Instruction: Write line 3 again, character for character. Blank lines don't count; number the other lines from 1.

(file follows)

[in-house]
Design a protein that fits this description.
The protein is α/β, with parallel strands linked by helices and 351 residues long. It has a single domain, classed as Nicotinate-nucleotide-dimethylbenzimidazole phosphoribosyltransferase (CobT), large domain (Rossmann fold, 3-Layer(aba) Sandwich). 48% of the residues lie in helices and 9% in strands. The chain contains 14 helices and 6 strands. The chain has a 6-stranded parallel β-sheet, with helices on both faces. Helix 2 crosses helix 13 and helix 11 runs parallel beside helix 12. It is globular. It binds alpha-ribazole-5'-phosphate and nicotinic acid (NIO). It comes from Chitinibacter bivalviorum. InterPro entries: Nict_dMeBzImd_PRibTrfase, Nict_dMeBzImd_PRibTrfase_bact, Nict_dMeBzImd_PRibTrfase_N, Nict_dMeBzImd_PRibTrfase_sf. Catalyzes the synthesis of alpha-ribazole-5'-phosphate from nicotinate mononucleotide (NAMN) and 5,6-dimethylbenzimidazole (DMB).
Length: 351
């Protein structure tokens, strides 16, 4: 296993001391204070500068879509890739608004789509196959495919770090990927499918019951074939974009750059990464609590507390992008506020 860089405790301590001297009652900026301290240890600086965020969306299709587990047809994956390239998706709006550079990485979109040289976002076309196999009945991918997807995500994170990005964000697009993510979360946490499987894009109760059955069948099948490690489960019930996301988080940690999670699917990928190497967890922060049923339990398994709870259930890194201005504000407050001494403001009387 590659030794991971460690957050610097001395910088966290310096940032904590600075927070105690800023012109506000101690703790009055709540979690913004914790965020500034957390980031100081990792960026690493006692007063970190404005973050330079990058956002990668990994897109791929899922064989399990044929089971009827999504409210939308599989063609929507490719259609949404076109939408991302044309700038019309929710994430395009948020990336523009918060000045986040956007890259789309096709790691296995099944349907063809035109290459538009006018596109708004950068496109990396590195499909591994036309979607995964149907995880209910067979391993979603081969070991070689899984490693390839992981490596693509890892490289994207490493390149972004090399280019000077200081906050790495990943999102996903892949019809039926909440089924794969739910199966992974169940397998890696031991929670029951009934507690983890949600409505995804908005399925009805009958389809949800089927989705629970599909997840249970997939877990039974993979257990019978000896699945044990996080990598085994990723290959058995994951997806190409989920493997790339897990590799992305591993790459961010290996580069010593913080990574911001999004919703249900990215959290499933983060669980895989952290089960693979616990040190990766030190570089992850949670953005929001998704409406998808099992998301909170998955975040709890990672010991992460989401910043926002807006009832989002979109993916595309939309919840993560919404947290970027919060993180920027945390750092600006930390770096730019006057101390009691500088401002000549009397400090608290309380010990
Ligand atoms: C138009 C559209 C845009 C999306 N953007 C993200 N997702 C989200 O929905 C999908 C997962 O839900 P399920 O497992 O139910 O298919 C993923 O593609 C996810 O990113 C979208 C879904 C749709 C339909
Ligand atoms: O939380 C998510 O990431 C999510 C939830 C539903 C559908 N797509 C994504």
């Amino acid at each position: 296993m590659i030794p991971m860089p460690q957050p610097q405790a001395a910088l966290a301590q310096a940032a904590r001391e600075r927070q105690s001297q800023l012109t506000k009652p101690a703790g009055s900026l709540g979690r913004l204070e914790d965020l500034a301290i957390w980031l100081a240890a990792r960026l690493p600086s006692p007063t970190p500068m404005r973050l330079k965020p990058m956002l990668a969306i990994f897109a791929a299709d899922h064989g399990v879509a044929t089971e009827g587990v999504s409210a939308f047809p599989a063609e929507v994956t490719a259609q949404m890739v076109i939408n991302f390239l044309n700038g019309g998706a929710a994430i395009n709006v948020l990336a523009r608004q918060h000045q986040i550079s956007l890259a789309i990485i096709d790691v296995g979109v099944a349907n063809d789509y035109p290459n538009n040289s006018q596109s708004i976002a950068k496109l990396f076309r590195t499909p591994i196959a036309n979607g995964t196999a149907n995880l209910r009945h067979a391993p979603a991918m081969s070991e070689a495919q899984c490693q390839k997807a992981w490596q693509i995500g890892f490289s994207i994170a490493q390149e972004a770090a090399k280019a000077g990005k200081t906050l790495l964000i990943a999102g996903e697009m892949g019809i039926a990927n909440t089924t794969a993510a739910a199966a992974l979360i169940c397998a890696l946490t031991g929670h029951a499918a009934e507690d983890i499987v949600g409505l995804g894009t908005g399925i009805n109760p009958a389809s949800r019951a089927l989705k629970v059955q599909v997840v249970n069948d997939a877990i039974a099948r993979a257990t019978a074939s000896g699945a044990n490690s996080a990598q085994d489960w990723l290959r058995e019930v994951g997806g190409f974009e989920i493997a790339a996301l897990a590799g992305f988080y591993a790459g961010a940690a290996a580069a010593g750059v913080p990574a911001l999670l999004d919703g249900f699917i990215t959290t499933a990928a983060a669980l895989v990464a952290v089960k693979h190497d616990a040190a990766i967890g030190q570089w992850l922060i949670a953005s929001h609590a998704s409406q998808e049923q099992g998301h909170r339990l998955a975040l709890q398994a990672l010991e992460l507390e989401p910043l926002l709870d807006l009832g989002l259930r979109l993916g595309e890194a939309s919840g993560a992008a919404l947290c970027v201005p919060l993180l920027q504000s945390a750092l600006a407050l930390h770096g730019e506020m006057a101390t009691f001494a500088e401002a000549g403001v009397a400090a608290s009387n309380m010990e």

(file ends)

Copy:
The protein is α/β, with parallel strands linked by helices and 351 residues long. It has a single domain, classed as Nicotinate-nucleotide-dimethylbenzimidazole phosphoribosyltransferase (CobT), large domain (Rossmann fold, 3-Layer(aba) Sandwich). 48% of the residues lie in helices and 9% in strands. The chain contains 14 helices and 6 strands. The chain has a 6-stranded parallel β-sheet, with helices on both faces. Helix 2 crosses helix 13 and helix 11 runs parallel beside helix 12. It is globular. It binds alpha-ribazole-5'-phosphate and nicotinic acid (NIO). It comes from Chitinibacter bivalviorum. InterPro entries: Nict_dMeBzImd_PRibTrfase, Nict_dMeBzImd_PRibTrfase_bact, Nict_dMeBzImd_PRibTrfase_N, Nict_dMeBzImd_PRibTrfase_sf. Catalyzes the synthesis of alpha-ribazole-5'-phosphate from nicotinate mononucleotide (NAMN) and 5,6-dimethylbenzimidazole (DMB).